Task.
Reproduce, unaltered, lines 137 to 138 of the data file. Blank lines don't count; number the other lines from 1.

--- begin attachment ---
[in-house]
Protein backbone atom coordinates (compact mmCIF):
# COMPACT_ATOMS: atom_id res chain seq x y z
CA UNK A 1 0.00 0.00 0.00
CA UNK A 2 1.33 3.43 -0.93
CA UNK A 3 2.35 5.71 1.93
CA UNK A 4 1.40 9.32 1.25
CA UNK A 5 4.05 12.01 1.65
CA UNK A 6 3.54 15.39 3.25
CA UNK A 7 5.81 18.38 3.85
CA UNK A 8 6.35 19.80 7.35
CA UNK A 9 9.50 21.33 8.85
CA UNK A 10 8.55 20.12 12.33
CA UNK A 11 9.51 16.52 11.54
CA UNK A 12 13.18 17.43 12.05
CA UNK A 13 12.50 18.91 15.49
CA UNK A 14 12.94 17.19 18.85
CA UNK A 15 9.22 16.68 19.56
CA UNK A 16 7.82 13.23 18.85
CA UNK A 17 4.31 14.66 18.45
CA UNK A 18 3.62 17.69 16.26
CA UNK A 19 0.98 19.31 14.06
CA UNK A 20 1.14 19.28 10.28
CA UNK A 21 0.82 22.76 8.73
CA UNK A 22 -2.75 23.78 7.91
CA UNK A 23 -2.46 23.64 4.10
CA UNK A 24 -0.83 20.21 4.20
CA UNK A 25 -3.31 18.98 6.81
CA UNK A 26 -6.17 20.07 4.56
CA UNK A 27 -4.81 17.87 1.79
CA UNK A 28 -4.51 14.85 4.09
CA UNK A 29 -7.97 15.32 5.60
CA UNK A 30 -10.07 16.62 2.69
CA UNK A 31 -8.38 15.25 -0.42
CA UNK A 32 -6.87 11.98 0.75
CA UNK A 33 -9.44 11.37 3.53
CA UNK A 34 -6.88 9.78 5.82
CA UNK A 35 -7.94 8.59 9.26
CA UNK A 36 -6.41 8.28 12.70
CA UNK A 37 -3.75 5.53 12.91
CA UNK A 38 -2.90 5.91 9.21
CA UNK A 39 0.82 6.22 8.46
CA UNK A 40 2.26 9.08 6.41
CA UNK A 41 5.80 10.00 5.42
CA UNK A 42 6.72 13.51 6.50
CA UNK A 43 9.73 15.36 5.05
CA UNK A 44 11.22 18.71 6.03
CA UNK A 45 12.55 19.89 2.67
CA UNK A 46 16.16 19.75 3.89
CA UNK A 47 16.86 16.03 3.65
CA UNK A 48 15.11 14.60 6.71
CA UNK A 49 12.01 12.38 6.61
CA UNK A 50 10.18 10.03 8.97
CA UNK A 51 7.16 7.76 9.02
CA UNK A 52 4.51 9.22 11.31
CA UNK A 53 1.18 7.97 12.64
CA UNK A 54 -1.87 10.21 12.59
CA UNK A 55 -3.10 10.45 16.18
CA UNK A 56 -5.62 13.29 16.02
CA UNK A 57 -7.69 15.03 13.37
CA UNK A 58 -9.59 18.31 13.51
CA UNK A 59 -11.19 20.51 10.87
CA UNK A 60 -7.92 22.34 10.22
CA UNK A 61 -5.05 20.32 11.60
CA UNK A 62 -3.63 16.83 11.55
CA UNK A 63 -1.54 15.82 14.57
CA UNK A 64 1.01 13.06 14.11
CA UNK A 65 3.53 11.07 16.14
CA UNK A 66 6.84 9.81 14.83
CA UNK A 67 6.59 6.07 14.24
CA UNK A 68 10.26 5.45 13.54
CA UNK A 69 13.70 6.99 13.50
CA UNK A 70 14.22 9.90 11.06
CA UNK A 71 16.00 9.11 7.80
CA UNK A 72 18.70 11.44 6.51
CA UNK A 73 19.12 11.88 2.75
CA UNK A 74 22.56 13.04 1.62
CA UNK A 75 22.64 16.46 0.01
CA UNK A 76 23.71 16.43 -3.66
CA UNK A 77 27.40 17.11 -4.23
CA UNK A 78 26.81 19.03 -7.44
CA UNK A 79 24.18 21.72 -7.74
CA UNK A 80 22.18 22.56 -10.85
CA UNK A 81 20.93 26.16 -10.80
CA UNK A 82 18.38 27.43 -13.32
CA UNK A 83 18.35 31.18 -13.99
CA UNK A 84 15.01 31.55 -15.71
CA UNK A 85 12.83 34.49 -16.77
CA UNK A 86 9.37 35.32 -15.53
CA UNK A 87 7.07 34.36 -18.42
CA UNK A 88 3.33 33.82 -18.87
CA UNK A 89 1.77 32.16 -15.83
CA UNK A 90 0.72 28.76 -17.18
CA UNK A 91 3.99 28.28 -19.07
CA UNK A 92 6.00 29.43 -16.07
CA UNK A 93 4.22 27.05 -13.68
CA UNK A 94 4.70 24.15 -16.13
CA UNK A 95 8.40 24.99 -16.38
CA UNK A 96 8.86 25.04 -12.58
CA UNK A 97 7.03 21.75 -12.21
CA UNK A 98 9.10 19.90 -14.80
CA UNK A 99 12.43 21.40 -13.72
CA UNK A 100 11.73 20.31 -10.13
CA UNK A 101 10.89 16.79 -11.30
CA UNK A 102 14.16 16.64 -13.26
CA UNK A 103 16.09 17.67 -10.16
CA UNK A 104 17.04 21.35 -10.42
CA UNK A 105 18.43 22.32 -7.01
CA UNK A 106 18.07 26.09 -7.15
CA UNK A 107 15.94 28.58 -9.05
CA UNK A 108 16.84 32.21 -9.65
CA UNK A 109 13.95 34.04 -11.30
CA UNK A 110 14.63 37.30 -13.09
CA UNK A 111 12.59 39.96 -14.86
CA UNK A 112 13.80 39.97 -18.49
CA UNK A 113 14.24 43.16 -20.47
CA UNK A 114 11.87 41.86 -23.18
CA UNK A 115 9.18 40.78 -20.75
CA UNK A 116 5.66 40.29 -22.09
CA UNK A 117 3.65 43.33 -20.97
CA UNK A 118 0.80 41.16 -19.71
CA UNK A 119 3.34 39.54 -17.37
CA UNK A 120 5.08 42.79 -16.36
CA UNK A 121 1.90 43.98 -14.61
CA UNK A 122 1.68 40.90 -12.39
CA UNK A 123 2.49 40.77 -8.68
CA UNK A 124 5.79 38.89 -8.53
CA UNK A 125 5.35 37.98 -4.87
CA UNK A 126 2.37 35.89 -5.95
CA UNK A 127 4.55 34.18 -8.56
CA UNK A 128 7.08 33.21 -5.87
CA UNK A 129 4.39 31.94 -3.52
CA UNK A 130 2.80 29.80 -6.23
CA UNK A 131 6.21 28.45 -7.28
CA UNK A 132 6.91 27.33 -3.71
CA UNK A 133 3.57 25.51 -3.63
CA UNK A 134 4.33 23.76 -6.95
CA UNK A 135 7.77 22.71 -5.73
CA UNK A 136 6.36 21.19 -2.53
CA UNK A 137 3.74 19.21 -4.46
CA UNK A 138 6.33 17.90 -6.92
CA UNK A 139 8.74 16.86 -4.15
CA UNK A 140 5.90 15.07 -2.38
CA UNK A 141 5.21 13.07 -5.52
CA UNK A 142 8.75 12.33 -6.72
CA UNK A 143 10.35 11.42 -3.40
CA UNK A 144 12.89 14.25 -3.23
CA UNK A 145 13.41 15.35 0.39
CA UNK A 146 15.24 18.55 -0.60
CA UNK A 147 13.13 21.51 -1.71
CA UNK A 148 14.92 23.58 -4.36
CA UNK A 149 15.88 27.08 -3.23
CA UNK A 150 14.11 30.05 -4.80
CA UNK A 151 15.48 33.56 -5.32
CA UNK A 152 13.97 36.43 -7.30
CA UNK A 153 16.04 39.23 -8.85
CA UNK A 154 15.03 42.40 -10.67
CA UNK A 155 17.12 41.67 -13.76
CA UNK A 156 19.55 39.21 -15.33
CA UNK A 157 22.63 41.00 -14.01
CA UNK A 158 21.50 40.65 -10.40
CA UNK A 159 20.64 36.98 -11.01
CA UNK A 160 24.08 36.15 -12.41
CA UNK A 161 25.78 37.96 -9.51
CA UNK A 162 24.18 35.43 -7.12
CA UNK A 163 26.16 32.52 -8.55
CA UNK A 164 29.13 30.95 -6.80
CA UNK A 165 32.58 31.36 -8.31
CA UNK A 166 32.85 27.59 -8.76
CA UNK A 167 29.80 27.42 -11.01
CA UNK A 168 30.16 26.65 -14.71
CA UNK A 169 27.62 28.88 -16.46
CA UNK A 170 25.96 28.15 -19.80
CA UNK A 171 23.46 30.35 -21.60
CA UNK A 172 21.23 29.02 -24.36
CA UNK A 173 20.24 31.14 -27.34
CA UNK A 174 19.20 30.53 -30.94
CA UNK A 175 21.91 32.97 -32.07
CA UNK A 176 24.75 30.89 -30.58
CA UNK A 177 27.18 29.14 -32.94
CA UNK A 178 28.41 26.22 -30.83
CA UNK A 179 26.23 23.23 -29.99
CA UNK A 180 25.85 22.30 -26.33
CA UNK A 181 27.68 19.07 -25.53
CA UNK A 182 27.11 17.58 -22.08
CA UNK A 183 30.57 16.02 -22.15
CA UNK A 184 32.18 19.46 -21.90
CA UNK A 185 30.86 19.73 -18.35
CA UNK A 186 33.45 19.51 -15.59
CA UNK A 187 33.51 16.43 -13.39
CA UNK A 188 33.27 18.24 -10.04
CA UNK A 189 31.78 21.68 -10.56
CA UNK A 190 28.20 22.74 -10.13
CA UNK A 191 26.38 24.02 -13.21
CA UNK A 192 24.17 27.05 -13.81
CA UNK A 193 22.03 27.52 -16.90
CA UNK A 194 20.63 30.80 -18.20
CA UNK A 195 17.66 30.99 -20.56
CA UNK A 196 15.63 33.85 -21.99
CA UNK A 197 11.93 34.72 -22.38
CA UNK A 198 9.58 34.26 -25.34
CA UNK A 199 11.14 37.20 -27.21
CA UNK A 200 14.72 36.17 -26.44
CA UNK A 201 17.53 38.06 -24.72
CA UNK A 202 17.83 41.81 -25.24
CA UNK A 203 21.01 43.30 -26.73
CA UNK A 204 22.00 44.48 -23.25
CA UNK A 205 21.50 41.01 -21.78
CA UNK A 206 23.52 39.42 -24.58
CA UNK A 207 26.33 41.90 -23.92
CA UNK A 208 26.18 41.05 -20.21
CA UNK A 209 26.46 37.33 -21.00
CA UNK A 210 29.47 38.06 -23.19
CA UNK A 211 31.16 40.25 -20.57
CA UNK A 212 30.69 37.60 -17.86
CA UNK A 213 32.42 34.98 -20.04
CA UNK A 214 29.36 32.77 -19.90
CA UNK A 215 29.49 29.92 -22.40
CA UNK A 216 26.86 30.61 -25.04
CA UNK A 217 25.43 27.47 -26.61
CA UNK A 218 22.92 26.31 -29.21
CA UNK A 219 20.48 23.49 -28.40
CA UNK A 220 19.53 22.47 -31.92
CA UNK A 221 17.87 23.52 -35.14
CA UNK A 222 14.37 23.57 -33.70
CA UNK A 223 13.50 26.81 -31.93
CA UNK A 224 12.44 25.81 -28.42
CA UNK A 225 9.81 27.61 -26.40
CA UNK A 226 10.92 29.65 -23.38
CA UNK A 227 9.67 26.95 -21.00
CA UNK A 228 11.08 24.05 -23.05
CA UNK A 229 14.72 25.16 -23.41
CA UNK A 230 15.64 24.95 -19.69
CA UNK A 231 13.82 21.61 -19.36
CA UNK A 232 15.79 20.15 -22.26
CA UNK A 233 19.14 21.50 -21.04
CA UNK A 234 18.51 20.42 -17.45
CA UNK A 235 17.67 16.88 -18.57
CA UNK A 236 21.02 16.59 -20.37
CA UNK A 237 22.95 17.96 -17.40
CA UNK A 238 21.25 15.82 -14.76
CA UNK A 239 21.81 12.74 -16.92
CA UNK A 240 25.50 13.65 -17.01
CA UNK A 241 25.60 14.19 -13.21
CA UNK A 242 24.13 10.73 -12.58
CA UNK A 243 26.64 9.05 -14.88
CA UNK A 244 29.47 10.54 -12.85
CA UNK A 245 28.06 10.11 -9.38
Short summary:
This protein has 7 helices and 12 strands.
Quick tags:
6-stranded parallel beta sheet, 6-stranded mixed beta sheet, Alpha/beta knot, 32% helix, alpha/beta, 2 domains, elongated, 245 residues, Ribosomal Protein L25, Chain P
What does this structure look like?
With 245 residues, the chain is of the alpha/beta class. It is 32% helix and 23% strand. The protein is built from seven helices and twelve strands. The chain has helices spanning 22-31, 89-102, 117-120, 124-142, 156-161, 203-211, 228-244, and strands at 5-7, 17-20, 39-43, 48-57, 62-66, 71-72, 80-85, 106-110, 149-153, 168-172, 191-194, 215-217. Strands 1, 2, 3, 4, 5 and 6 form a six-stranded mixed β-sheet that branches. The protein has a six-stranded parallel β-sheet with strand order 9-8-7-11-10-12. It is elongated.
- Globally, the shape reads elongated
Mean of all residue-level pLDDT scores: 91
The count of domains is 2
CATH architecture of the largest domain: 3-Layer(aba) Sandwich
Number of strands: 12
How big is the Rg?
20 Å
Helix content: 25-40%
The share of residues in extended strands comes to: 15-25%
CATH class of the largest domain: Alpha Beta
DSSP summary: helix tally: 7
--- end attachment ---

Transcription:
CA UNK A 134 4.33 23.76 -6.95
CA UNK A 135 7.77 22.71 -5.73